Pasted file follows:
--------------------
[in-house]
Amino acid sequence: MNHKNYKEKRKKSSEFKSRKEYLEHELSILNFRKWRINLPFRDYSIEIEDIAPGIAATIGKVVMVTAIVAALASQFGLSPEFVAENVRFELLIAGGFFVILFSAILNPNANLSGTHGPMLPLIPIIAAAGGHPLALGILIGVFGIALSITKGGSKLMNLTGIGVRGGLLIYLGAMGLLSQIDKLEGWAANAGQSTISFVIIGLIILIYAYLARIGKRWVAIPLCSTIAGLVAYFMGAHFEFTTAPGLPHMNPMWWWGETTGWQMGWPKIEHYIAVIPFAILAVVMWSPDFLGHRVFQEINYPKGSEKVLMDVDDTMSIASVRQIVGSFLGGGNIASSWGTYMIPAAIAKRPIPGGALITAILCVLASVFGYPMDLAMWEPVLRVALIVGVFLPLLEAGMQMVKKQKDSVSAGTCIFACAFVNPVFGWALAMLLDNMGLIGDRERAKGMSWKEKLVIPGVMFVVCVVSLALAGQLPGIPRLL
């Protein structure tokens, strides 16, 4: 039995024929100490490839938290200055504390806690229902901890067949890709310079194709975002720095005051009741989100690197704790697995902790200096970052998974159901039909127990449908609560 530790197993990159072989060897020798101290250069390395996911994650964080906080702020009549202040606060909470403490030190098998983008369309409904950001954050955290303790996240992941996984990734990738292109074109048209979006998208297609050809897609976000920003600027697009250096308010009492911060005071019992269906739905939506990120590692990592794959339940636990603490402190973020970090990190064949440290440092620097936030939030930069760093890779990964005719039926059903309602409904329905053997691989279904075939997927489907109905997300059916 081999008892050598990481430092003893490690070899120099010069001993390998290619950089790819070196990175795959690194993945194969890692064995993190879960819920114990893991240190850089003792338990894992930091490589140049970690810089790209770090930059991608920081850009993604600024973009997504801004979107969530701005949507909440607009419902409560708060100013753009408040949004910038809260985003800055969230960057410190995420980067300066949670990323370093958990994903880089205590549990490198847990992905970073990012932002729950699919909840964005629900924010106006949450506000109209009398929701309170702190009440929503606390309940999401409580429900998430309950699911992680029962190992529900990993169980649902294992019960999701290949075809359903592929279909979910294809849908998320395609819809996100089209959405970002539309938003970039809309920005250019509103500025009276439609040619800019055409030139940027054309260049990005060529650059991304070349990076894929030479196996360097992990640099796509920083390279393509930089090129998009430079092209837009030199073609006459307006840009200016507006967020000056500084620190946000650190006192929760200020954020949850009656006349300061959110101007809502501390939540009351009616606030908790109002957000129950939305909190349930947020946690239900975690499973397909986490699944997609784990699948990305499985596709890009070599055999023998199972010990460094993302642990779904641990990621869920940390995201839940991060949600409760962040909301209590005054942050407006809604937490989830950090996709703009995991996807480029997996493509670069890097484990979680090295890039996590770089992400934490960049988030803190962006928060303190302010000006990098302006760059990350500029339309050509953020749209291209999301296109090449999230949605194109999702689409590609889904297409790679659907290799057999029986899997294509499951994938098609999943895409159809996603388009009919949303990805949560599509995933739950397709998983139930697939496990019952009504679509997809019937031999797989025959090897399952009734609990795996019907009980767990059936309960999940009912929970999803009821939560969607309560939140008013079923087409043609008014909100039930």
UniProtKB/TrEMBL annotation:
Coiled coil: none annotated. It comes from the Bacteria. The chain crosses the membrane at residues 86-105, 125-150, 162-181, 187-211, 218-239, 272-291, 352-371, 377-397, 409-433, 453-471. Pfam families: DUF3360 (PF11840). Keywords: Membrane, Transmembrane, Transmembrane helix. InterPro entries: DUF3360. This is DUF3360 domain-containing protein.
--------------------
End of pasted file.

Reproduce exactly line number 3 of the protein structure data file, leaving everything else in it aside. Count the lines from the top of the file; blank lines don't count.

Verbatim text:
């Protein structure tokens, strides 16, 4: 039995024929100490490839938290200055504390806690229902901890067949890709310079194709975002720095005051009741989100690197704790697995902790200096970052998974159901039909127990449908609560 530790197993990159072989060897020798101290250069390395996911994650964080906080702020009549202040606060909470403490030190098998983008369309409904950001954050955290303790996240992941996984990734990738292109074109048209979006998208297609050809897609976000920003600027697009250096308010009492911060005071019992269906739905939506990120590692990592794959339940636990603490402190973020970090990190064949440290440092620097936030939030930069760093890779990964005719039926059903309602409904329905053997691989279904075939997927489907109905997300059916 081999008892050598990481430092003893490690070899120099010069001993390998290619950089790819070196990175795959690194993945194969890692064995993190879960819920114990893991240190850089003792338990894992930091490589140049970690810089790209770090930059991608920081850009993604600024973009997504801004979107969530701005949507909440607009419902409560708060100013753009408040949004910038809260985003800055969230960057410190995420980067300066949670990323370093958990994903880089205590549990490198847990992905970073990012932002729950699919909840964005629900924010106006949450506000109209009398929701309170702190009440929503606390309940999401409580429900998430309950699911992680029962190992529900990993169980649902294992019960999701290949075809359903592929279909979910294809849908998320395609819809996100089209959405970002539309938003970039809309920005250019509103500025009276439609040619800019055409030139940027054309260049990005060529650059991304070349990076894929030479196996360097992990640099796509920083390279393509930089090129998009430079092209837009030199073609006459307006840009200016507006967020000056500084620190946000650190006192929760200020954020949850009656006349300061959110101007809502501390939540009351009616606030908790109002957000129950939305909190349930947020946690239900975690499973397909986490699944997609784990699948990305499985596709890009070599055999023998199972010990460094993302642990779904641990990621869920940390995201839940991060949600409760962040909301209590005054942050407006809604937490989830950090996709703009995991996807480029997996493509670069890097484990979680090295890039996590770089992400934490960049988030803190962006928060303190302010000006990098302006760059990350500029339309050509953020749209291209999301296109090449999230949605194109999702689409590609889904297409790679659907290799057999029986899997294509499951994938098609999943895409159809996603388009009919949303990805949560599509995933739950397709998983139930697939496990019952009504679509997809019937031999797989025959090897399952009734609990795996019907009980767990059936309960999940009912929970999803009821939560969607309560939140008013079923087409043609008014909100039930």